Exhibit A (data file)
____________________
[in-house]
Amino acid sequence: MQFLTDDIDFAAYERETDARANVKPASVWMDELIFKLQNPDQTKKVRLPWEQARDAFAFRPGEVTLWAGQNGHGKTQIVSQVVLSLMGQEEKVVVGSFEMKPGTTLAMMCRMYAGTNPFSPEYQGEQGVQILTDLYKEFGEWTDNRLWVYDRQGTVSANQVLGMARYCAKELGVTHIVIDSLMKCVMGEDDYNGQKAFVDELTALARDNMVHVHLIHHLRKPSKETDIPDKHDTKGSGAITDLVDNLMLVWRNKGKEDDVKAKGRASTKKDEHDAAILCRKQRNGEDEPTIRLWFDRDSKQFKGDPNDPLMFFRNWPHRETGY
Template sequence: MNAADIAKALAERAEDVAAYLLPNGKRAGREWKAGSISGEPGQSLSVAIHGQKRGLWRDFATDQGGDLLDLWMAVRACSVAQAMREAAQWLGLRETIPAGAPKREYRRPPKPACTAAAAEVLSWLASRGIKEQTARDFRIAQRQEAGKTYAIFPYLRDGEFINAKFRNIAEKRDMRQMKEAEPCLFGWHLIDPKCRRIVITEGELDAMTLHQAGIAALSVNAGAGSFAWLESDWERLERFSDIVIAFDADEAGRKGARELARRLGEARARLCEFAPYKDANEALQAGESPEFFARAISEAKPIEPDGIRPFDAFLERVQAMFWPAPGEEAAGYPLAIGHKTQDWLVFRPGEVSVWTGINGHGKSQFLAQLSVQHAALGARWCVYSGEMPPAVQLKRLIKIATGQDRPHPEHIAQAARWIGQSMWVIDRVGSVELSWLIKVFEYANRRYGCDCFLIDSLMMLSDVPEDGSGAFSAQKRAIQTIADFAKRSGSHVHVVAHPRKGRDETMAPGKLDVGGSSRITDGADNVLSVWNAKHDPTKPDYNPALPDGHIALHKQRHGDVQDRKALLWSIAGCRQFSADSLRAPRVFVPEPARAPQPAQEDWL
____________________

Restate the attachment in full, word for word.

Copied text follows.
[in-house]
Amino acid sequence: MQFLTDDIDFAAYERETDARANVKPASVWMDELIFKLQNPDQTKKVRLPWEQARDAFAFRPGEVTLWAGQNGHGKTQIVSQVVLSLMGQEEKVVVGSFEMKPGTTLAMMCRMYAGTNPFSPEYQGEQGVQILTDLYKEFGEWTDNRLWVYDRQGTVSANQVLGMARYCAKELGVTHIVIDSLMKCVMGEDDYNGQKAFVDELTALARDNMVHVHLIHHLRKPSKETDIPDKHDTKGSGAITDLVDNLMLVWRNKGKEDDVKAKGRASTKKDEHDAAILCRKQRNGEDEPTIRLWFDRDSKQFKGDPNDPLMFFRNWPHRETGY
Template sequence: MNAADIAKALAERAEDVAAYLLPNGKRAGREWKAGSISGEPGQSLSVAIHGQKRGLWRDFATDQGGDLLDLWMAVRACSVAQAMREAAQWLGLRETIPAGAPKREYRRPPKPACTAAAAEVLSWLASRGIKEQTARDFRIAQRQEAGKTYAIFPYLRDGEFINAKFRNIAEKRDMRQMKEAEPCLFGWHLIDPKCRRIVITEGELDAMTLHQAGIAALSVNAGAGSFAWLESDWERLERFSDIVIAFDADEAGRKGARELARRLGEARARLCEFAPYKDANEALQAGESPEFFARAISEAKPIEPDGIRPFDAFLERVQAMFWPAPGEEAAGYPLAIGHKTQDWLVFRPGEVSVWTGINGHGKSQFLAQLSVQHAALGARWCVYSGEMPPAVQLKRLIKIATGQDRPHPEHIAQAARWIGQSMWVIDRVGSVELSWLIKVFEYANRRYGCDCFLIDSLMMLSDVPEDGSGAFSAQKRAIQTIADFAKRSGSHVHVVAHPRKGRDETMAPGKLDVGGSSRITDGADNVLSVWNAKHDPTKPDYNPALPDGHIALHKQRHGDVQDRKALLWSIAGCRQFSADSLRAPRVFVPEPARAPQPAQEDWL